Free Consultation
The office is open as per the NYS Covid-19 guidelines. We are now doing both in-person and telephone consultations. Please call the office at 718-855-6840 to schedule a time to speak with one of our experienced bankruptcy attorneys.

New York City to Ban Credit Checks for Job Candidates

Credit scores were primarily invented to help lenders gauge debtors’ creditworthiness with a handy, neutral (hopefully) benchmark rather than relying on references or worse, insider dealings. It didn’t take long, however, for other parties to start using them, like landlords seeking reassurance that their tenants would pay rent on time. With employers, however, it’s different. A job is necessary for someone who has poor credit to become more creditworthy, and when jobs are scarce and pay is low, then a poor credit score can keep people out of work entirely.

The New York City Council believes credit scores shouldn’t be used that way, and on April 17th, it passed a law banning most employers from using credit scores to evaluate job candidates. The vote was a lopsided 47 to 3 in favor of the bill. Eight U.S. states forbid the practice, as does the city of Chicago.

The New York Times reported on the story, focusing on a Harlem entrepreneur who couldn’t find a job after her business failed and her credit deteriorated. According to a 2010 survey, 60 percent of the city’s employers use credit scores when hiring, even for jobs as mundane dog walkers, yet somewhat surprisingly, the bill’s proponents managed to limit the number of carve-outs, loopholes, and exceptions for employers. There is a fear that people with poor credit ratings will be fiduciary risks, stealing from the company’s accounts to repay debts, engage in fraud, go gambling, or accept bribes by third parties. As a result, there are some exceptions like for NYC police officers and fire marshals, as well as government employees whom the law requires to have some kind of security clearance. There’s also a provision for employees for “signatory authority” over third-parties’ assets that are greater than $10,000. The other nine jurisdictions banning employer credit checks aren’t nearly as strict, and some of them even permit the practice throughout their financial industries.

The New York Times article on the bill can be found here.

If people with low credit scores can find work, then that’s probably a good thing. It might help keep them out of bankruptcy. If you are encountering financial difficulties and your credit is affected as a result, then you should know that filing bankruptcy can actually boost your score. For that reason you should consult with an experienced New York bankruptcy lawyer.

For answers to more questions about bankruptcy, the automatic stay, effective strategies for dealing with foreclosure, and protecting your assets in bankruptcy please feel free to contact experienced bankruptcy automatic stay Bruce Weiner for a free initial consultation.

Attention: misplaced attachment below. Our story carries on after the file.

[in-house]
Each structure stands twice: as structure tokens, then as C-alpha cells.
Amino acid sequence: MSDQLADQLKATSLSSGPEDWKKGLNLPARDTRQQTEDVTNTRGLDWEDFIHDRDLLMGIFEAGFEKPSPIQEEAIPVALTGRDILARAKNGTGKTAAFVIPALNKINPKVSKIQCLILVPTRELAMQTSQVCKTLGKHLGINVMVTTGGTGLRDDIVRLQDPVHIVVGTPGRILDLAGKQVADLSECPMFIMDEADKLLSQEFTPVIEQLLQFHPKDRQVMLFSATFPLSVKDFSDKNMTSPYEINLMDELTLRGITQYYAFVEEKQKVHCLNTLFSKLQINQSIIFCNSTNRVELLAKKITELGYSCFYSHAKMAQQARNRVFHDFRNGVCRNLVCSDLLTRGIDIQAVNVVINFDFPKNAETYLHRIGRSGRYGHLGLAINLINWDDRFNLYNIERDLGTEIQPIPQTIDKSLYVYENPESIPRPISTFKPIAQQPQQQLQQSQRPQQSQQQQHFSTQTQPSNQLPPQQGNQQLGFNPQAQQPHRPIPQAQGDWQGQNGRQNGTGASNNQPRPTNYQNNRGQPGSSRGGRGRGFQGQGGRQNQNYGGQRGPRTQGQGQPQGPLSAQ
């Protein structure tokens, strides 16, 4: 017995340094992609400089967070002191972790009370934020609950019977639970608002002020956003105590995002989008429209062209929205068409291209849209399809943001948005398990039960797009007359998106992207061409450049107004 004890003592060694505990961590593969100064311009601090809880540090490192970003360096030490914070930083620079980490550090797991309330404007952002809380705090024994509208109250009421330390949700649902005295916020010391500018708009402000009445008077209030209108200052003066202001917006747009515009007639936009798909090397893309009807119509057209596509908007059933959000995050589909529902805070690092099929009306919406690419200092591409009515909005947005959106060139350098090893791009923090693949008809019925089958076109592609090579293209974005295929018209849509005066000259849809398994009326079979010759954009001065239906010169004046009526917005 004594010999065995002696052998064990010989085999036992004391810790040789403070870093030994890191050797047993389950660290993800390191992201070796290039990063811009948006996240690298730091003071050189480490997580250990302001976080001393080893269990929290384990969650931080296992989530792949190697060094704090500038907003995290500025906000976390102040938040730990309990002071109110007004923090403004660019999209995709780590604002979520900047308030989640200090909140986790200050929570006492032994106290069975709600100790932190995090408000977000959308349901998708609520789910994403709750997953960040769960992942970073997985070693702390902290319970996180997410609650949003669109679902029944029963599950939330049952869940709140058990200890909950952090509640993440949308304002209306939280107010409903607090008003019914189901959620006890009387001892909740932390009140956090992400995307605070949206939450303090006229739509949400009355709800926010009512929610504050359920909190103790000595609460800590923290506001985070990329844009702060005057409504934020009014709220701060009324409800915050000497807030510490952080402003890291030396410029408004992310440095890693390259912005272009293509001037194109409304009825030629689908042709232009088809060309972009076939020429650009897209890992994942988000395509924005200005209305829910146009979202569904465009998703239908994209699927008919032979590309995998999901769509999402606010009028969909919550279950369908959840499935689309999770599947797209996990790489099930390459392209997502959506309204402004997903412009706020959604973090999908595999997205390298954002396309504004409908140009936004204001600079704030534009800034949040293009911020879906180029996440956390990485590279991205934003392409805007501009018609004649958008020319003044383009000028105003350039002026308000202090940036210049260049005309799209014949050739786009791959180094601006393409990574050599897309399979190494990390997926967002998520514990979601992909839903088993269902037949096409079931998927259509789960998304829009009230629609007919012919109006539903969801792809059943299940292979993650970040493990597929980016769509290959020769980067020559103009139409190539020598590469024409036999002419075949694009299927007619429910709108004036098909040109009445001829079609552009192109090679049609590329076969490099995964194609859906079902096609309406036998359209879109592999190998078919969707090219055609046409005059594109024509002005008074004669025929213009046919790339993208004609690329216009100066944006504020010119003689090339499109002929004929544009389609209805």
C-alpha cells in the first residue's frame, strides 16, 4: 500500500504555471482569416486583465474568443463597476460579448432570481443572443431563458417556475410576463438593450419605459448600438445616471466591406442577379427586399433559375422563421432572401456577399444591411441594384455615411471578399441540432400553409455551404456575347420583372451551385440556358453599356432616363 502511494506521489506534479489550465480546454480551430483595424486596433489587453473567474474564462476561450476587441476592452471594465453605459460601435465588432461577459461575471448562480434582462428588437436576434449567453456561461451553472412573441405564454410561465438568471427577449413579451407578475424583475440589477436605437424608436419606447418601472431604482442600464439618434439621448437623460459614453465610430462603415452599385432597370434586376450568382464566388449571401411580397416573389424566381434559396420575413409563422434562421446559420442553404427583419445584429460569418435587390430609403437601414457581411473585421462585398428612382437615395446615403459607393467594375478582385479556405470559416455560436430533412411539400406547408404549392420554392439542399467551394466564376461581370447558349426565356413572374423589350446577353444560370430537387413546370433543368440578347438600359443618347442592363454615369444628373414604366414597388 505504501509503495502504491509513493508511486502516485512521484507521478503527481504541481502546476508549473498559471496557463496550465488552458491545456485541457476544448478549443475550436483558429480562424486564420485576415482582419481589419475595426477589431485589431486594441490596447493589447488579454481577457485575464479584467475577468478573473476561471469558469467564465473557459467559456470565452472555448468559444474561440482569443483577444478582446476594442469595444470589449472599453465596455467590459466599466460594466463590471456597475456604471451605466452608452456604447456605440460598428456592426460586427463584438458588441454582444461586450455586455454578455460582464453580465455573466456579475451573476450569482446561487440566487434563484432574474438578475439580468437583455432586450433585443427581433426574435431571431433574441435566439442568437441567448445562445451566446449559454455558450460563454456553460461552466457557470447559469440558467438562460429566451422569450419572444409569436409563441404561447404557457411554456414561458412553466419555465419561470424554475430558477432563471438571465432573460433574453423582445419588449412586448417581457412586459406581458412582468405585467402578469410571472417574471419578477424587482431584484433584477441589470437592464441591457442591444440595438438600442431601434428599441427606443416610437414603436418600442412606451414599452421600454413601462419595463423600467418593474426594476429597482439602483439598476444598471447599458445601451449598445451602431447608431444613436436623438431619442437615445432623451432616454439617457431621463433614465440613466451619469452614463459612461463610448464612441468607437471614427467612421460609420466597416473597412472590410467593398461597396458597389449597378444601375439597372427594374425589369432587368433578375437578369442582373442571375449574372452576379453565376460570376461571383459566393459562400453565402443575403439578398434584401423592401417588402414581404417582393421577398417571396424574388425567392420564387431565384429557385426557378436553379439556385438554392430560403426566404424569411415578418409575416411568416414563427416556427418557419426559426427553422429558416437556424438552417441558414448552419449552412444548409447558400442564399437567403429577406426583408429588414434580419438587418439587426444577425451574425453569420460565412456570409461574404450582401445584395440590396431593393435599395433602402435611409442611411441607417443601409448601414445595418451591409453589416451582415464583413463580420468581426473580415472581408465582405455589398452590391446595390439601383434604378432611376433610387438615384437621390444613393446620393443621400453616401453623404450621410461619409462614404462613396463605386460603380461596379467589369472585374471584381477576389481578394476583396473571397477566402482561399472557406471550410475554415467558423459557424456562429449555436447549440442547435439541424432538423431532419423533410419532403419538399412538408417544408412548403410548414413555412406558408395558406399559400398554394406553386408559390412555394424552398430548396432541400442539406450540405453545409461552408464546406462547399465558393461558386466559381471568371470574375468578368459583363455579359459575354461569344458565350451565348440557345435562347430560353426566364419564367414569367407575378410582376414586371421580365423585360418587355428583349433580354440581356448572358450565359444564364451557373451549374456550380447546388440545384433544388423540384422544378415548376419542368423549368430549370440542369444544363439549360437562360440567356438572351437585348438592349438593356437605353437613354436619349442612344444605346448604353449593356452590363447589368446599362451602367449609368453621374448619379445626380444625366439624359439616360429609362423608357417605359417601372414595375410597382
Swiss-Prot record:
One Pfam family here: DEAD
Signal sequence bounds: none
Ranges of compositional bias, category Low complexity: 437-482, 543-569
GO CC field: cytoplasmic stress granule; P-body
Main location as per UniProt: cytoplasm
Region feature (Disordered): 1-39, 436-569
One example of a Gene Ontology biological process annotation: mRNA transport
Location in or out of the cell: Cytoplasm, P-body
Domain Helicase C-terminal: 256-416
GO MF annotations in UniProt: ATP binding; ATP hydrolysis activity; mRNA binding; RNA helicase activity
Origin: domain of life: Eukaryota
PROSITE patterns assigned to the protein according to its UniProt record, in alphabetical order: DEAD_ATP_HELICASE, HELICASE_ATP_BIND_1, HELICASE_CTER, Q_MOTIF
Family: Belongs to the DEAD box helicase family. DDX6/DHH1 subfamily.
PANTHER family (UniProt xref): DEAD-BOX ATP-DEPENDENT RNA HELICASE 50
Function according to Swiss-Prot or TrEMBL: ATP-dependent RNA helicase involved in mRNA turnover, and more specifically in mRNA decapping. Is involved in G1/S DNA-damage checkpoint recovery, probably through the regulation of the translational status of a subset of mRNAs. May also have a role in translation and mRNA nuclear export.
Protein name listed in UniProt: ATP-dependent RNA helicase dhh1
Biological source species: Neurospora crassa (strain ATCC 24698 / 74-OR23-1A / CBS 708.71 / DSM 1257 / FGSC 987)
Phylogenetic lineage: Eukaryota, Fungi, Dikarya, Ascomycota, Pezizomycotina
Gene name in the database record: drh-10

Rosenberg, Musso & Weiner, L.L.P
26 Court St # 2211
Brooklyn, NY 11242, USA

Recent Posts

Beware Grace Periods, Debtors

Too often, debtors see grace periods offered by lenders as free benefits. “Grace” makes it sound so innocent. However, debtors who routinely rely on grace periods when making payments will find themselves facing financial difficulties that might lead to bankruptcy. The reason is that although creditors offer grace periods to debtors, they also use them

Read More »

Bankruptcy May Not Rescue You From Vicious Personal Disputes

Bankruptcy is a technical process that assumes everyone working within it is mostly rational. To the extent that it expects parties to deviate from irrational behavior, the Bankruptcy Code and its accompanying rules include incentives to keep parties in line. Creditors are usually large and impersonal, and they rarely care if their debtors file bankruptcy.

Read More »

Non-Lawyers’ Explanations of Bankruptcy May Be Wrong

Do you have financial problems? Do you tend to ask your friends for advice? Is one of your friends an experienced New York bankruptcy lawyer who will explain the process for you? Are your friends otherwise knowledgeable people? The answer to these questions may be, “Yes but you don’t know it.” Although many bankruptcy lawyers

Read More »

6 Steps to Take Before Filing Bankruptcy

Leaving your case to an experienced New York bankruptcy lawyer is not the only step on the to-do list before filing bankruptcy. There are many things debtors should do (and not do) before they file, and the more organized and mindful debtors are, the easier the process will be and the more effective the result.

Read More »

Social Security Number Not Necessary for Bankruptcy

A question that’s commonly asked about New York bankruptcy is whether a debtor needs a Social Security number to file. Debtors ask because they sometimes run across the bankruptcy form title, “Your Statement About Your Social Security Numbers” (B 121), which asks debtors to list their current and prior Social Security numbers. The new bankruptcy

Read More »

How Can a Debtor (or Creditor) Get a New Trustee?

The trustee in a New York bankruptcy case is usually not the debtor’s ally. His or her purpose is mainly to administer the bankruptcy estate or ensure the debtor’s repayment plan goes according to plan. Trustees pursue preference payments, fraudulent conveyances, and other malfeasance committed by debtors. They frequently initiate adversary proceedings against debtors. In

Read More »
Scroll to Top